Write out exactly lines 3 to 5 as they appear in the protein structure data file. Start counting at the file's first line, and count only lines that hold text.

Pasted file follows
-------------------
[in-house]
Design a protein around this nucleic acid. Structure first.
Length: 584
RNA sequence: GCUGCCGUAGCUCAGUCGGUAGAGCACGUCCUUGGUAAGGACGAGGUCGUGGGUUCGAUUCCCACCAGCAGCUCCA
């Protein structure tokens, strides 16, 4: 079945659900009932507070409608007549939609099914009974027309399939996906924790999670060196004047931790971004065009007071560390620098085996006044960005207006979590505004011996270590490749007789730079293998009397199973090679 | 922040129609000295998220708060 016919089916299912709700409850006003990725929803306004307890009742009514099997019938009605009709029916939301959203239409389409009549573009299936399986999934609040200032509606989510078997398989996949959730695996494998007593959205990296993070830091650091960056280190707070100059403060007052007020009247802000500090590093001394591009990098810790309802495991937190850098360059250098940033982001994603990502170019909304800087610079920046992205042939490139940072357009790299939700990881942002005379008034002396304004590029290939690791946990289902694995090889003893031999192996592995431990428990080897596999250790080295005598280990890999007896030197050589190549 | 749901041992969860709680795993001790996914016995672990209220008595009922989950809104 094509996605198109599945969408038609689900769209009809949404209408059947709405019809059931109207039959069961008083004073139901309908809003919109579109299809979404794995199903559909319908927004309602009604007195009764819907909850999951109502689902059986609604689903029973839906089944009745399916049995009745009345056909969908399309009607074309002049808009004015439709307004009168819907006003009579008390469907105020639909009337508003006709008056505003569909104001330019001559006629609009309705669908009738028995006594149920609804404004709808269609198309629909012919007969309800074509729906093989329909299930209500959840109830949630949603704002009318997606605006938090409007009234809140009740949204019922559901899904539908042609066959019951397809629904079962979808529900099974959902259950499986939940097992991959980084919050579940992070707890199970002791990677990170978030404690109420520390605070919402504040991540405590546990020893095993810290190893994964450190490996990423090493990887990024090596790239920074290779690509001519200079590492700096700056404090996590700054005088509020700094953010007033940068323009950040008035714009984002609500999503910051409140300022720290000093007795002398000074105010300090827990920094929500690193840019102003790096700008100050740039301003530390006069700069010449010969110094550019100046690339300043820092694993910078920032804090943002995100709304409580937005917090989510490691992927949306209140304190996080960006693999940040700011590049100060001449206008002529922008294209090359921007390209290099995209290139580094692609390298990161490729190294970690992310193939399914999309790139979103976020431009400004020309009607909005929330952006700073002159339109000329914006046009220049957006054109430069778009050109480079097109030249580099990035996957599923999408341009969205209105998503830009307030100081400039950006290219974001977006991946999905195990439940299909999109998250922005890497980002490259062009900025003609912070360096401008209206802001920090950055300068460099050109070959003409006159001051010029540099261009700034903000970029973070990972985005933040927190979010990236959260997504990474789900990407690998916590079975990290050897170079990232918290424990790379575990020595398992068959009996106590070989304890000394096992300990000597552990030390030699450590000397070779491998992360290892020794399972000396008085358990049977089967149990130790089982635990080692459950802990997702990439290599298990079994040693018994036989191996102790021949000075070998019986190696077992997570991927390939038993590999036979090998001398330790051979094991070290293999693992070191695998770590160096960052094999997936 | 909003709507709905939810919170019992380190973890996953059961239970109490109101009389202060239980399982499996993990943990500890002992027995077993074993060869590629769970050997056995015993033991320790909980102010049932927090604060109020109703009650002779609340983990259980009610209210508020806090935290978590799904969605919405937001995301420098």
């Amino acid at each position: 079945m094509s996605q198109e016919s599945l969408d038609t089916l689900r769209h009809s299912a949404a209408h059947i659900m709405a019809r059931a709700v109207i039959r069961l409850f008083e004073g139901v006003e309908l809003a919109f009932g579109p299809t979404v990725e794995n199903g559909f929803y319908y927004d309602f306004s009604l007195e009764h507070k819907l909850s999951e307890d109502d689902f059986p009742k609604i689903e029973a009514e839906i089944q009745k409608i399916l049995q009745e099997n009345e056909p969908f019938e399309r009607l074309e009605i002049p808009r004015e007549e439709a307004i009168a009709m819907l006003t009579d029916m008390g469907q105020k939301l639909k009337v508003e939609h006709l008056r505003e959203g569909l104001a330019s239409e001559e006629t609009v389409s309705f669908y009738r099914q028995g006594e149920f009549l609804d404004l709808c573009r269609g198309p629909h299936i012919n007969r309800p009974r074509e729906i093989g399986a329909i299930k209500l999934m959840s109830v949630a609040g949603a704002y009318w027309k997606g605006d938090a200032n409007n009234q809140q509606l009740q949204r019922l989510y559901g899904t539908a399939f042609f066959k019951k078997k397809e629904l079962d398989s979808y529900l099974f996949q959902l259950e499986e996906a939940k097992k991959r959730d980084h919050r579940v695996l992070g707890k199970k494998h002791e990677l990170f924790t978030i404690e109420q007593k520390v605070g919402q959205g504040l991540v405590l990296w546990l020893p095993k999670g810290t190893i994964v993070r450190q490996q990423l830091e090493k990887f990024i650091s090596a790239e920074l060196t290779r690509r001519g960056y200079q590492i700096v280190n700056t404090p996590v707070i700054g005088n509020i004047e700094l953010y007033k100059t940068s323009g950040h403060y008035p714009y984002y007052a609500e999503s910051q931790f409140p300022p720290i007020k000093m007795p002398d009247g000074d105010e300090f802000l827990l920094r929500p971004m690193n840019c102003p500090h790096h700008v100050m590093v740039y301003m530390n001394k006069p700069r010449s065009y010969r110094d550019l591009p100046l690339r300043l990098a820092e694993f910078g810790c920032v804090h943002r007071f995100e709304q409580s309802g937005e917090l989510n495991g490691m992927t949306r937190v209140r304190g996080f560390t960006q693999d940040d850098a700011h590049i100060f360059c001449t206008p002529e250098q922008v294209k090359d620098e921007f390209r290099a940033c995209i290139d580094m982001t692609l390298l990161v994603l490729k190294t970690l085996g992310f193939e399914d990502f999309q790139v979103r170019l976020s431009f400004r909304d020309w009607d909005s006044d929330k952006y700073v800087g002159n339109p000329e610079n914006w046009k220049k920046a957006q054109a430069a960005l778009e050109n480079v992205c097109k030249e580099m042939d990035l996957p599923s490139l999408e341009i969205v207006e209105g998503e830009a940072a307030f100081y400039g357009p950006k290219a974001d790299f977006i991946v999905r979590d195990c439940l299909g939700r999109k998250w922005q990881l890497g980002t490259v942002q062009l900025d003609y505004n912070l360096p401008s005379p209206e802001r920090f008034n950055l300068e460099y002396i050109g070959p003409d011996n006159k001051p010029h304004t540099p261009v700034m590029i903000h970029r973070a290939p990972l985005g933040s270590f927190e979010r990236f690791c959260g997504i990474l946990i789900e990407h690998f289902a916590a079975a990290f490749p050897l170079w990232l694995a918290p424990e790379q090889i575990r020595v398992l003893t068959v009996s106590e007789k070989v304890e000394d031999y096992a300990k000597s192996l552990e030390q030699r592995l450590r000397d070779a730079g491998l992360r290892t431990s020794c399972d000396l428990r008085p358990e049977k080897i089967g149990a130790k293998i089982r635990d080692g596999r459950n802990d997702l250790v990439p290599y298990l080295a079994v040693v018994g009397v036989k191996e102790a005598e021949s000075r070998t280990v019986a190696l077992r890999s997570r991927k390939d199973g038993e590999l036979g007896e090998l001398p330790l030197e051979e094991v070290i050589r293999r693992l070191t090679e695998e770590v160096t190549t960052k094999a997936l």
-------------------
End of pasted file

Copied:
Length: 584
RNA sequence: GCUGCCGUAGCUCAGUCGGUAGAGCACGUCCUUGGUAAGGACGAGGUCGUGGGUUCGAUUCCCACCAGCAGCUCCA
């Protein structure tokens, strides 16, 4: 079945659900009932507070409608007549939609099914009974027309399939996906924790999670060196004047931790971004065009007071560390620098085996006044960005207006979590505004011996270590490749007789730079293998009397199973090679 | 922040129609000295998220708060 016919089916299912709700409850006003990725929803306004307890009742009514099997019938009605009709029916939301959203239409389409009549573009299936399986999934609040200032509606989510078997398989996949959730695996494998007593959205990296993070830091650091960056280190707070100059403060007052007020009247802000500090590093001394591009990098810790309802495991937190850098360059250098940033982001994603990502170019909304800087610079920046992205042939490139940072357009790299939700990881942002005379008034002396304004590029290939690791946990289902694995090889003893031999192996592995431990428990080897596999250790080295005598280990890999007896030197050589190549 | 749901041992969860709680795993001790996914016995672990209220008595009922989950809104 094509996605198109599945969408038609689900769209009809949404209408059947709405019809059931109207039959069961008083004073139901309908809003919109579109299809979404794995199903559909319908927004309602009604007195009764819907909850999951109502689902059986609604689903029973839906089944009745399916049995009745009345056909969908399309009607074309002049808009004015439709307004009168819907006003009579008390469907105020639909009337508003006709008056505003569909104001330019001559006629609009309705669908009738028995006594149920609804404004709808269609198309629909012919007969309800074509729906093989329909299930209500959840109830949630949603704002009318997606605006938090409007009234809140009740949204019922559901899904539908042609066959019951397809629904079962979808529900099974959902259950499986939940097992991959980084919050579940992070707890199970002791990677990170978030404690109420520390605070919402504040991540405590546990020893095993810290190893994964450190490996990423090493990887990024090596790239920074290779690509001519200079590492700096700056404090996590700054005088509020700094953010007033940068323009950040008035714009984002609500999503910051409140300022720290000093007795002398000074105010300090827990920094929500690193840019102003790096700008100050740039301003530390006069700069010449010969110094550019100046690339300043820092694993910078920032804090943002995100709304409580937005917090989510490691992927949306209140304190996080960006693999940040700011590049100060001449206008002529922008294209090359921007390209290099995209290139580094692609390298990161490729190294970690992310193939399914999309790139979103976020431009400004020309009607909005929330952006700073002159339109000329914006046009220049957006054109430069778009050109480079097109030249580099990035996957599923999408341009969205209105998503830009307030100081400039950006290219974001977006991946999905195990439940299909999109998250922005890497980002490259062009900025003609912070360096401008209206802001920090950055300068460099050109070959003409006159001051010029540099261009700034903000970029973070990972985005933040927190979010990236959260997504990474789900990407690998916590079975990290050897170079990232918290424990790379575990020595398992068959009996106590070989304890000394096992300990000597552990030390030699450590000397070779491998992360290892020794399972000396008085358990049977089967149990130790089982635990080692459950802990997702990439290599298990079994040693018994036989191996102790021949000075070998019986190696077992997570991927390939038993590999036979090998001398330790051979094991070290293999693992070191695998770590160096960052094999997936 | 909003709507709905939810919170019992380190973890996953059961239970109490109101009389202060239980399982499996993990943990500890002992027995077993074993060869590629769970050997056995015993033991320790909980102010049932927090604060109020109703009650002779609340983990259980009610209210508020806090935290978590799904969605919405937001995301420098």